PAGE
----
Today starts a two-day “Climate Action 2016” summit in Washington that will bring together government, business and environmental leaders from around the globe “to strengthen the multi-stakeholder approach to climate implementation.”
In other words, it’s a “rubber-meets-the-road” situation where world leaders are meeting to ensure real action on climate change is generated from the Paris climate agreement negotiated in Paris last December and formally signed by more than 170 countries in New York City last month.
Unfortunately, with the exception of Fred Yoder, a former president of the National Corn Growers Association and a board member with Solutions from the Land (SfL), there appear to be no U.S. farmers or agricultural producer group leaders participating in this week’s summit. And that underscores a gap in strategy that global leaders taking on climate change need to address. Any meaningful efforts to stem the rise in greenhouse gas (GHG) emissions that are stoking global temperatures need the help of farmers and farm groups.
As laid out by the North American Climate Smart Agriculture Alliance (NACSAA), an SfL-sponsored initiative, agriculture can offer major reductions in GHGs through methane capture, soil carbon sequestration and biofuels that burn more cleanly than fossil fuels.
To effectively implement the measures needed to stem climate change, planners must take a collaborative approach. This week’s summit is sponsored by global players like the United Nations and the World Bank, who bring the prestige and political weight necessary to make sure the intent to address climate change is taken seriously. But we would hope that these prominent institutions, and other hosts and sponsors, avoid what many might see as a top-down approach in climate planning and empower and incorporate the input of all constituencies to insure success, particularly those who directly manage land resources.
And agriculture should be one of those constituencies. The world is at a critical stage in what will be a mammoth effort needed to curb climatic changes that can have harsh impacts on the quality of life around the world. With the real work now starting to take place, it’s important that attention is focused on helping farmers adapt to changing climatic conditions and implement practices and provide solutions that will make impactful and measurable contributions in sequestering and reducing GHGs, and increasing resilience of our food supply.
The agriculture sector offers a wide scope of mitigation services. There is a vast potential for carbon sequestration through practices like conservation tillage and cover crops, improved grazing systems, the restoration of degraded agricultural soils and grasslands, agroforestry and farm forestry.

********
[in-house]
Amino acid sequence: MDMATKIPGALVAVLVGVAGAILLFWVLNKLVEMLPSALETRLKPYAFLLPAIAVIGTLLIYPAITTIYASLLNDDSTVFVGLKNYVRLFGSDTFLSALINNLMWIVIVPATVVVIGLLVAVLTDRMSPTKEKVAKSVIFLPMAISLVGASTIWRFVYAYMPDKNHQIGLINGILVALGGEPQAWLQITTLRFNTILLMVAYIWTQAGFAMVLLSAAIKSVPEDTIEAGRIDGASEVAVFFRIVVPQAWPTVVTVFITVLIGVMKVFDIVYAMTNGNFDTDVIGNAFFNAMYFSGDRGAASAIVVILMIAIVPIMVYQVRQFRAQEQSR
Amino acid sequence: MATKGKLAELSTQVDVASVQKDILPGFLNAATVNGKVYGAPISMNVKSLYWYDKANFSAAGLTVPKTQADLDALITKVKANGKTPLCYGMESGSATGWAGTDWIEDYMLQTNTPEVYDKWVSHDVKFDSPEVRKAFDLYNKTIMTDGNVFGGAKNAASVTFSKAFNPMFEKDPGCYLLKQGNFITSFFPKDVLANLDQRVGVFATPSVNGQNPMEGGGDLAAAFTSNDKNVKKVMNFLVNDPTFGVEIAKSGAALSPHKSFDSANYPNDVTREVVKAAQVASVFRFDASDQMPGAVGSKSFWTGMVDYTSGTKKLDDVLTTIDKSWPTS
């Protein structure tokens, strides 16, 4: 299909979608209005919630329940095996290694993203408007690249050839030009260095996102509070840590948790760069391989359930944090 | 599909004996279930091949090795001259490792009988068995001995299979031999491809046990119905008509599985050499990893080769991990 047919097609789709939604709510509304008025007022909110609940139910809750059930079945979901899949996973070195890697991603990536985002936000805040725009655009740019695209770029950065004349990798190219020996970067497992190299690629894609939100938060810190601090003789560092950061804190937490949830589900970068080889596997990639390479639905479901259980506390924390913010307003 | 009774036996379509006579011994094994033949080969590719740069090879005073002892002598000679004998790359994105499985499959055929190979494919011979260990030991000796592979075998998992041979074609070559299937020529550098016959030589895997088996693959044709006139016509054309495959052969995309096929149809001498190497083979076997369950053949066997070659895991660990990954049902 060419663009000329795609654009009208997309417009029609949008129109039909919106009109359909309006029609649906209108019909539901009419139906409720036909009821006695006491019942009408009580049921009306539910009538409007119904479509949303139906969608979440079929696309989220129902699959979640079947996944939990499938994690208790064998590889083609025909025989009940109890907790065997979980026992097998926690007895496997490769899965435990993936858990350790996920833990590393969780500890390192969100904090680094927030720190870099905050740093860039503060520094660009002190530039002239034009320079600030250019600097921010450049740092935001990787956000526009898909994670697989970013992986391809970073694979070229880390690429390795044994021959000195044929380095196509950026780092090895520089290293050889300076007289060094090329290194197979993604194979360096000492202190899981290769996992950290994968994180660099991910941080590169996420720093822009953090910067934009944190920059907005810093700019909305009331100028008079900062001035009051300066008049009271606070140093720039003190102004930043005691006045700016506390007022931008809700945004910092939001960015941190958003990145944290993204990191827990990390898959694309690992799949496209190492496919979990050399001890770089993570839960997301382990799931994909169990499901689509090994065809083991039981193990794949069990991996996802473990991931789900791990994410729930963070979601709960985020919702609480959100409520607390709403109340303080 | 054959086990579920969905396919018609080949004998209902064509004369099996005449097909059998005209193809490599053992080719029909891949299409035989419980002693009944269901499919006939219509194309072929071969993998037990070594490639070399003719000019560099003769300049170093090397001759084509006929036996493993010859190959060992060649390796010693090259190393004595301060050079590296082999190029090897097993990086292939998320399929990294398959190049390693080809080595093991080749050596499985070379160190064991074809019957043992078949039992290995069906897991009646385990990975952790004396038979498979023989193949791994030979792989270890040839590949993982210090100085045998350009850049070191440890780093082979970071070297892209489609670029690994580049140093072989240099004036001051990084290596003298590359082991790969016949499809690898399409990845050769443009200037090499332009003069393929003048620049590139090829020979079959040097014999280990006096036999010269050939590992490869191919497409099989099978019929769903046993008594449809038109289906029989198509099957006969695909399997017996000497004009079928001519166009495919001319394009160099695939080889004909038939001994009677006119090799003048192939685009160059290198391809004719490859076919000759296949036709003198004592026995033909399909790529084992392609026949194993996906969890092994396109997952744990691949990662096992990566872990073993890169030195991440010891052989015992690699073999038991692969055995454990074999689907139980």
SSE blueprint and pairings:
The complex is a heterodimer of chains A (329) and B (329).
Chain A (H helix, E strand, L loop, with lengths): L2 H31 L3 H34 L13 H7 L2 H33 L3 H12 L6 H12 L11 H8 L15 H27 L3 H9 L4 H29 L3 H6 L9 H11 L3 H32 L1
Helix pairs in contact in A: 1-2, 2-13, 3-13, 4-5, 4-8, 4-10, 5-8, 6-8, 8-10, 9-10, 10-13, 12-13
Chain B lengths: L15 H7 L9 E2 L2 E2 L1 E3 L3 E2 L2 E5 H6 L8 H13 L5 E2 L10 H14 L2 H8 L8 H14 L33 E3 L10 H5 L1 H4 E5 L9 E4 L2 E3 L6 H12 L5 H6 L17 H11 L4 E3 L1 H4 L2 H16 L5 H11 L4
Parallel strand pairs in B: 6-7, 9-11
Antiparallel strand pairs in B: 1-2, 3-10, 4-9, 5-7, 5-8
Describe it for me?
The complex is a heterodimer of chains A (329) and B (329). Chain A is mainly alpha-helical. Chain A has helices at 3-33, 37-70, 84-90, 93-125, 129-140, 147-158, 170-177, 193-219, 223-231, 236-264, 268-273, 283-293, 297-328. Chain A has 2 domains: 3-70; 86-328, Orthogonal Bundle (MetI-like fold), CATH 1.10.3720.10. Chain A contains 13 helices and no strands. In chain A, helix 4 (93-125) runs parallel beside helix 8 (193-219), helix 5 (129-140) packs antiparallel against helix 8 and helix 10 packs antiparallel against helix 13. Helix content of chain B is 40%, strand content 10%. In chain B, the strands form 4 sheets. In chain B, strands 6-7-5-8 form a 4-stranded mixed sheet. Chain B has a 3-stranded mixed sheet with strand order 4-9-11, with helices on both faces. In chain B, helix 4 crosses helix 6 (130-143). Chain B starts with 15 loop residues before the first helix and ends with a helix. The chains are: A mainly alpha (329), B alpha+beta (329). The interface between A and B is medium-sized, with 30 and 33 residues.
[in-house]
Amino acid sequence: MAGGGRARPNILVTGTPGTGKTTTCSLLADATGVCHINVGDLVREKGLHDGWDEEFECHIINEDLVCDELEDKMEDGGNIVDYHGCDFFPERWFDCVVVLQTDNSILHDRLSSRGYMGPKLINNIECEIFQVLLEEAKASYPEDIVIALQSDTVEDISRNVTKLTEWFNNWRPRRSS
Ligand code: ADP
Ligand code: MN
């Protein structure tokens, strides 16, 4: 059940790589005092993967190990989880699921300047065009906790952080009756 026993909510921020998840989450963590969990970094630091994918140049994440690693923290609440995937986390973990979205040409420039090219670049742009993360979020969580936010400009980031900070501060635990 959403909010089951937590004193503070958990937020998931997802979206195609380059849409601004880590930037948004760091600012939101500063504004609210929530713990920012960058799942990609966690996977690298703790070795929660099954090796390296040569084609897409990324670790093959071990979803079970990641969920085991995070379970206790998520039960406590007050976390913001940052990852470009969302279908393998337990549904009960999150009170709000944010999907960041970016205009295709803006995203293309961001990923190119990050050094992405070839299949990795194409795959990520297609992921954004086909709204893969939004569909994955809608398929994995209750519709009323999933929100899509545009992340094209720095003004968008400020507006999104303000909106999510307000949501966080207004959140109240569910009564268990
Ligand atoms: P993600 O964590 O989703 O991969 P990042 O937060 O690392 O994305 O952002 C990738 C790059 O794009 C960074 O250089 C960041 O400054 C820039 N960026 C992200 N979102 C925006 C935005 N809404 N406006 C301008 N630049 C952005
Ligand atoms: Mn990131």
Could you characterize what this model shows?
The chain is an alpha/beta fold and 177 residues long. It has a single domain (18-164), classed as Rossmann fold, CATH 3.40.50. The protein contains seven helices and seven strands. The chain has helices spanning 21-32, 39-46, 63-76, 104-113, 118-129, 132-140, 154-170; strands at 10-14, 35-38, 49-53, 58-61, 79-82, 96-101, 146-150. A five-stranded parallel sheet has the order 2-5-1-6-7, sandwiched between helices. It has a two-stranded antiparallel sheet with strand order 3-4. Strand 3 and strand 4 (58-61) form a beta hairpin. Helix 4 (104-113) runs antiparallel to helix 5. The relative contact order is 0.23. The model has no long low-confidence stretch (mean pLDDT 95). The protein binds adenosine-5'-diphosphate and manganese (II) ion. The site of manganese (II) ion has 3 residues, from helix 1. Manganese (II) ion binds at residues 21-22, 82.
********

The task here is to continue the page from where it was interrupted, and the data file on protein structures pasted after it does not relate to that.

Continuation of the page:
Agriculture also offers the reduced GHG emissions provided by biofuels when compared to petroleum based fuels. Producers are making more efficient use of resources like applied nutrients. Farmers are also producing other types of renewable energy production and as well as putting energy efficiency measures in place. Moreover, most of these mitigation contributions also provide numerous benefits to other important values such as securing water sources and protecting biodiversity.
While most of the discussion about agriculture’s role in climate change to date has been narrowly focused on actions the sector can take to reduce direct GHG emissions, it’s also important to emphasize adaptation. Major efforts are needed to assist the sector in adopting new production and conservation practices, and implementing risk management strategies that improve resiliency and buffer farm operations from increasingly erratic and volatile weather.
We also urge climate strategists to take a wide “landscape” approach in their planning. Avoid the easier path that focuses on single points of crisis. Instead, build broad coalitions of land managers, regulators, scientists, and civil society around agro-forest ecosystems or landscapes (the U.S. Corn Belt, for example) to ensure the continued production of essential food, feed, fiber and energy, all while improving the delivery of environmental and economic values from the land.
This multi-stakeholder approach – as demonstrated by SfL’s Delmarva Land and Litter Challenge and the North Carolina Agriculture and Forestry Adaptation Work Group (NC ADAPT) – should be the foundation for advancing land use and management policies that not only meet climate change targets, but biodiversity, food production and water quality objectives as well.
The apparent absence of farmers in the climate summit taking place this week is a disappointment. But it’s not at all too late for global leaders to recognize the wide array of opportunities for additional climate solutions from agriculture. It is time to take advantage of them.